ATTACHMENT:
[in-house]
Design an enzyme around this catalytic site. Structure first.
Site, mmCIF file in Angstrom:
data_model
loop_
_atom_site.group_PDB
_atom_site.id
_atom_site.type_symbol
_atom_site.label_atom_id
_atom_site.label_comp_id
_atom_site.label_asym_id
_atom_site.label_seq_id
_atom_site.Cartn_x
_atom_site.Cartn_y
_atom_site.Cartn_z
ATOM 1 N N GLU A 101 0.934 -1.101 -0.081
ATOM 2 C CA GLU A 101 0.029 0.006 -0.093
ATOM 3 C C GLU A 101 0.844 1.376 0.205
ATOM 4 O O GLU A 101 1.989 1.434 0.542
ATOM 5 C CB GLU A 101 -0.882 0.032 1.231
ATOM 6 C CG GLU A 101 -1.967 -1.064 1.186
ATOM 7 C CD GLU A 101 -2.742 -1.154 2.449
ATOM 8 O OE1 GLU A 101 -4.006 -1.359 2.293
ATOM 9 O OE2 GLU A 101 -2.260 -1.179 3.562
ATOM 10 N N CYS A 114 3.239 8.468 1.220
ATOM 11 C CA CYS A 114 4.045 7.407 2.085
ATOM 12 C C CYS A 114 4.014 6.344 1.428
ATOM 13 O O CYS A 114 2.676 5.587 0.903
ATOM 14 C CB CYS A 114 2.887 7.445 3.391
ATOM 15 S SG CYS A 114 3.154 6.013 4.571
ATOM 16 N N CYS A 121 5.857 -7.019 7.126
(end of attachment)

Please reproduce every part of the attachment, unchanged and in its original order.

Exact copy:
[in-house]
Design an enzyme around this catalytic site. Structure first.
Site, mmCIF file in Angstrom:
data_model
loop_
_atom_site.group_PDB
_atom_site.id
_atom_site.type_symbol
_atom_site.label_atom_id
_atom_site.label_comp_id
_atom_site.label_asym_id
_atom_site.label_seq_id
_atom_site.Cartn_x
_atom_site.Cartn_y
_atom_site.Cartn_z
ATOM 1 N N GLU A 101 0.934 -1.101 -0.081
ATOM 2 C CA GLU A 101 0.029 0.006 -0.093
ATOM 3 C C GLU A 101 0.844 1.376 0.205
ATOM 4 O O GLU A 101 1.989 1.434 0.542
ATOM 5 C CB GLU A 101 -0.882 0.032 1.231
ATOM 6 C CG GLU A 101 -1.967 -1.064 1.186
ATOM 7 C CD GLU A 101 -2.742 -1.154 2.449
ATOM 8 O OE1 GLU A 101 -4.006 -1.359 2.293
ATOM 9 O OE2 GLU A 101 -2.260 -1.179 3.562
ATOM 10 N N CYS A 114 3.239 8.468 1.220
ATOM 11 C CA CYS A 114 4.045 7.407 2.085
ATOM 12 C C CYS A 114 4.014 6.344 1.428
ATOM 13 O O CYS A 114 2.676 5.587 0.903
ATOM 14 C CB CYS A 114 2.887 7.445 3.391
ATOM 15 S SG CYS A 114 3.154 6.013 4.571
ATOM 16 N N CYS A 121 5.857 -7.019 7.126